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Are you getting the most from your operating procedures?

Bruce Nixon
December 4, 2014

We all have compliance obligations that require us to have standard operating procedures (SOPs). These may be part of a quality management system, workplace health and safety, some other form of accreditation, risk management or other form of compliance.

Do we just create these for compliance purposes or do they actually help us to run the business more effectively and efficiently? In theory, SOPs embody best, most-compliant practice. Yet very few organisations can attest that they consistently follow SOPs.

If this were so, why is there frantic activity when an audit is due? Why is there a need to update documentation to meet the compliance standards? What happens to SOPs for the three years between compliance audits? Do they sit on the shelves gathering dust or are they actively used, maintained and improved?

There is plenty of evidence to suggest that in many industries, SOPs are not used and the most common reasons are:

  • The right SOPs cannot be located
  • Not knowing that a SOP exists
  • The SOPs are not accurate and up-to-date
  • SOPs are not presented in the context of the job

The most conventional way SOPs are managed and presented is to have these in stand-alone documents that are written for a specific purpose and maintained individually. Due to the number of documents, often exceeding 1,000, it is startling to think there is no duplication of information across the documents.

How can we possibly ensure consistency, accuracy and currency across all these many documents? So, how should we address this significant issue other than undertaking a major initiative to achieve accreditation? Some of the common approaches are:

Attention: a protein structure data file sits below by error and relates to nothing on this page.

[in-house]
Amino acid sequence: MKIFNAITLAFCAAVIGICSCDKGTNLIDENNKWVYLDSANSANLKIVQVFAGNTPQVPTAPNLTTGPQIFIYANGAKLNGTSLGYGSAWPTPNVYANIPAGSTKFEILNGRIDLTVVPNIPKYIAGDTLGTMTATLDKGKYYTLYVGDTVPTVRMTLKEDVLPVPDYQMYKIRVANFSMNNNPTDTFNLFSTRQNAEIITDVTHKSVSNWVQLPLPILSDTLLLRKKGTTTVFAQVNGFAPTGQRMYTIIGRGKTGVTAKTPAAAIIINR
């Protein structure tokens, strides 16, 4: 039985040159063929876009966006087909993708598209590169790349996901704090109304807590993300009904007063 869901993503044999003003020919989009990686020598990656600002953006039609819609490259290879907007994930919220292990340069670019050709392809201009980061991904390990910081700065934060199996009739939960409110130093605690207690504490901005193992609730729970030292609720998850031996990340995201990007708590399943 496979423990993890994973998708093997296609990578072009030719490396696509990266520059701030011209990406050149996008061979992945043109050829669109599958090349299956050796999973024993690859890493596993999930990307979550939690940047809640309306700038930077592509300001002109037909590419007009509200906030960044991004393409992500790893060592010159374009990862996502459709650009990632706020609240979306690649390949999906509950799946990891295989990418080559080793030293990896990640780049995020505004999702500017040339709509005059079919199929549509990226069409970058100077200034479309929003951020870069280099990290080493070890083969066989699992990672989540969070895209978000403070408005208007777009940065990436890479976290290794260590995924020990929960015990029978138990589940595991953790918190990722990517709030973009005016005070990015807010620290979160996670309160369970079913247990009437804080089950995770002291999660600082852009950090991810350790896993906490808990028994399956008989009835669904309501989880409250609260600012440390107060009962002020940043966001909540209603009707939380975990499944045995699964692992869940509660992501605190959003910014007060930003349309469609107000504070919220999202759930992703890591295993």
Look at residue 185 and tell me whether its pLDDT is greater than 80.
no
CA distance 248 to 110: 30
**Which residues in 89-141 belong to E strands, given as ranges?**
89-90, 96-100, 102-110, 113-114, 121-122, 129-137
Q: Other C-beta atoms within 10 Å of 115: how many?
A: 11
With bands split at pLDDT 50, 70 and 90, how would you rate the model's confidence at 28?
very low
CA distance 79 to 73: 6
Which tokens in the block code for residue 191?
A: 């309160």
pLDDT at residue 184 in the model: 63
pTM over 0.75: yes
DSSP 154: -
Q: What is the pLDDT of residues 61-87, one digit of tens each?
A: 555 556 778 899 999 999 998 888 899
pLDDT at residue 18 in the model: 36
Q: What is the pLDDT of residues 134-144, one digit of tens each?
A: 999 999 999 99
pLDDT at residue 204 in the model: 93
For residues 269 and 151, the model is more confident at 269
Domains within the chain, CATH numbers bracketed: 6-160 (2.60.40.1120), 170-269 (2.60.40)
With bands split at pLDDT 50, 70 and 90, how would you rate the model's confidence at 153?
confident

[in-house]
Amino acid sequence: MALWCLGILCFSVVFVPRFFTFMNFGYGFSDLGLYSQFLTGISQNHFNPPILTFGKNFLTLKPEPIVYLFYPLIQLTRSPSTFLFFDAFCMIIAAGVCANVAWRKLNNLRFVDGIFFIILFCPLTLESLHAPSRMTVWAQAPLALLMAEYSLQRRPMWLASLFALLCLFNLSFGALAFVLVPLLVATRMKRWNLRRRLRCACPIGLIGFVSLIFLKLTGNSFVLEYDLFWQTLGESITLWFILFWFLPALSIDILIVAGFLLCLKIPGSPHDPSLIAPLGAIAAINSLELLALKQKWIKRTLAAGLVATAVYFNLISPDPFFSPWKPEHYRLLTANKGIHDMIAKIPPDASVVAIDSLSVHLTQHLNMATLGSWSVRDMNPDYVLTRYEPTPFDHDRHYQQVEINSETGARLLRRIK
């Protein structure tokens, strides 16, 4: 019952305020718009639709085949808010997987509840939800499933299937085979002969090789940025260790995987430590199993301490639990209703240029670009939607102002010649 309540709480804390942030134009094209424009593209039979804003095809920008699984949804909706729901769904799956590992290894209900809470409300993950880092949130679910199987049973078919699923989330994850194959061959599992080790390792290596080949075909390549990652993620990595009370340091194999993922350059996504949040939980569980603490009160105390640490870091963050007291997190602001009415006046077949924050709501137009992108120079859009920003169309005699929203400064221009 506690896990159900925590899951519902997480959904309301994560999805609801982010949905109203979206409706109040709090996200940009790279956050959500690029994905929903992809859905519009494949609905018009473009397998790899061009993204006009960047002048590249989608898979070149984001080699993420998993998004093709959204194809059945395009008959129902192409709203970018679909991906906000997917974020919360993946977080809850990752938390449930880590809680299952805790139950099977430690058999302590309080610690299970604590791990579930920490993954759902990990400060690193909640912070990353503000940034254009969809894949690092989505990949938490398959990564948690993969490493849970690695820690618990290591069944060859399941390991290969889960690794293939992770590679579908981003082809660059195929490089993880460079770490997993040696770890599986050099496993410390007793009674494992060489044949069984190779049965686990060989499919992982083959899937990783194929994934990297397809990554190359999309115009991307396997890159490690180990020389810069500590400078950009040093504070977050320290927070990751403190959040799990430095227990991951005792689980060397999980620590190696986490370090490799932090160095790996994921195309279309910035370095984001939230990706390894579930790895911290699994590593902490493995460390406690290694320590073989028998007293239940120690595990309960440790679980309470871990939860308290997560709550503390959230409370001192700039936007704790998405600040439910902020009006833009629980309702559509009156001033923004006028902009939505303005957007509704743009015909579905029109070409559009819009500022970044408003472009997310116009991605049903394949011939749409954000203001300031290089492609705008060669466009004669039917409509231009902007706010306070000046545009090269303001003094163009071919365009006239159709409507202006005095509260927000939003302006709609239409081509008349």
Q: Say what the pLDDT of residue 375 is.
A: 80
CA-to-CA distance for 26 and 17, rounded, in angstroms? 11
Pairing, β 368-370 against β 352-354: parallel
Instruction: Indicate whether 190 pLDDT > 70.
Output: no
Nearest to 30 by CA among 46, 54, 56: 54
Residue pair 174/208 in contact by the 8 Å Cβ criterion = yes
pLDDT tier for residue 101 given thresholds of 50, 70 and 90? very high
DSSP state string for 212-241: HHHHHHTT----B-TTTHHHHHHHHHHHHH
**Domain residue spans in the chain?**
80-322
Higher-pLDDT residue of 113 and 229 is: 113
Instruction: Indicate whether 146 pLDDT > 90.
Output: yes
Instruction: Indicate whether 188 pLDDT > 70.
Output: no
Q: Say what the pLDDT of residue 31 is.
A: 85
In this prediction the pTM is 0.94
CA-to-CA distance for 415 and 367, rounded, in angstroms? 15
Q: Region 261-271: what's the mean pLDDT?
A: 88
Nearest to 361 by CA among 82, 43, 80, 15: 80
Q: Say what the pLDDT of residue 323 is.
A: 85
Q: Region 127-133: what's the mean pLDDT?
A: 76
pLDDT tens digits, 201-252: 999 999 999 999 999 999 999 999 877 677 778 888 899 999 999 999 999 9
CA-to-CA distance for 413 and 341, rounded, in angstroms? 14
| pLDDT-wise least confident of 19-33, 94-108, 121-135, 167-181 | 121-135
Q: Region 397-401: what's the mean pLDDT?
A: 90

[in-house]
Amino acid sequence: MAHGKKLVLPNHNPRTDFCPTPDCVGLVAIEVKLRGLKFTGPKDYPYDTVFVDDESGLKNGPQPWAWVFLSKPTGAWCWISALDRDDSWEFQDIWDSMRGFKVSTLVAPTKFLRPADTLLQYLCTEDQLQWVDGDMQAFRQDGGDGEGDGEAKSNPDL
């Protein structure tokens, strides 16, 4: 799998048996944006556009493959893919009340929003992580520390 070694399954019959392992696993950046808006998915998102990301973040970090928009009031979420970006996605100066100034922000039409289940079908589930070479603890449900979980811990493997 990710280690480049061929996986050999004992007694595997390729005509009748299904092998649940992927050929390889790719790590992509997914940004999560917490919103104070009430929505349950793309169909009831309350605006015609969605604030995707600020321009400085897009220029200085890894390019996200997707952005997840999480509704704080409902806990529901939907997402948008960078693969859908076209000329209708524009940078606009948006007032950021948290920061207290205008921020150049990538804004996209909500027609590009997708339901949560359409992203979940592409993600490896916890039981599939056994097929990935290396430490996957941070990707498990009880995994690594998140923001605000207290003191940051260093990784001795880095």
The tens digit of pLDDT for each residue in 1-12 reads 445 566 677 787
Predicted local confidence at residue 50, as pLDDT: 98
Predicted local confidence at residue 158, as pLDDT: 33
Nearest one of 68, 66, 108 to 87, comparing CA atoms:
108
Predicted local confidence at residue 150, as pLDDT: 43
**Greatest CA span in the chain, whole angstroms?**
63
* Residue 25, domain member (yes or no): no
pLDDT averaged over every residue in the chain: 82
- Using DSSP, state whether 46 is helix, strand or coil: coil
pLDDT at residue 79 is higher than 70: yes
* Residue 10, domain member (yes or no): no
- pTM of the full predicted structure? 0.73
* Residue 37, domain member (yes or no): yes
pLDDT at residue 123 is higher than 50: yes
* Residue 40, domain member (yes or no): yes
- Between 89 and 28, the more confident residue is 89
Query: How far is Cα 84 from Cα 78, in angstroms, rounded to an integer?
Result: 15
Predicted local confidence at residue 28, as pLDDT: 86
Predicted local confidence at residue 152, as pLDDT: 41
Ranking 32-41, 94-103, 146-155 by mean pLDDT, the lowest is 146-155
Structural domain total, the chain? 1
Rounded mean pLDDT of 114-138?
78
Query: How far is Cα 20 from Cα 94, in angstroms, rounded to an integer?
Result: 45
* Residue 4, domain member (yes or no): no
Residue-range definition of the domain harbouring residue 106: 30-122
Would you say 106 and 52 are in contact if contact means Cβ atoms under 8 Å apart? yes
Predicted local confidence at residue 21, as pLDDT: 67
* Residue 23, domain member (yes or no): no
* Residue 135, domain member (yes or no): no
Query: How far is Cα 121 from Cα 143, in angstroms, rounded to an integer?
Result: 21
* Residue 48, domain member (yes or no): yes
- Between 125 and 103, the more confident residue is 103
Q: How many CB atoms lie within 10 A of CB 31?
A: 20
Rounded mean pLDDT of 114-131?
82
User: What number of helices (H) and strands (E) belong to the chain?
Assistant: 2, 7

• We need a document management system or we need to replace our current document management system.
  • We need to structure the SOPs using approaches such as information mapping to make them more readable and fit-for-purpose.
  • We need an intranet that better suits the needs of employees so they can more easily find the right document.

Each of these solutions addresses part of the problem and each of these initiatives should be undertaken. But, none of them solve the underlying problem. Back to the original question: how can we ensure consistency, accuracy and currency in SOPs?

A fundamentally different approach is required, one where there is only a single source of information that at the same time preserves the many forms of delivering information to the workforce i.e. documents.

An effective approach to creating SOPs is to build and maintain an operating model of the business. The model should include the processes, procedures, use of systems and compliance obligations. This then provides a single source of truth where every process, procedure and work instruction is maintained as a separate item and is defined once and once only.

From this model, SOPs are generated in the most appropriate form for the individual employees. Because they are in a model, they can be generated for on-screen navigation via an intranet or through conventional controlled documents that can be read on-screen or printed. This contrasts greatly to the maintenance of this information in scattered documents where the same information needs to be duplicated across different departments of business units which are each destined for different purposes, are impossible to maintain and cannot be relied upon.

Developing a comprehensive model of the business’ operations will allow you to clarify responsibilities and link all compliance obligations to the related operational processes and systems. It will also allow you to see the relationships between employee roles, business operations, strategies, objectives as well as compliance obligations. The system that results from this work is a business management system.

SOPs can be used as a powerful business tool to help drive productivity, manage costs and ensure compliance. For this to happen, SOPs need to be accessible to all employees, kept up-to-date and consistent across the entire organisation. By using a modelling approach combined with a central repository or business management system, SOPs can be made more useable and relevant for your workforce.

Bruce Nixon
Bruce Nixon is the CEO of Holocentric, a business management systems provider. As CEO, Bruce is consistently encouraging the building and delivery of solutions that are better aligned to customer needs and that provide more strategic value.
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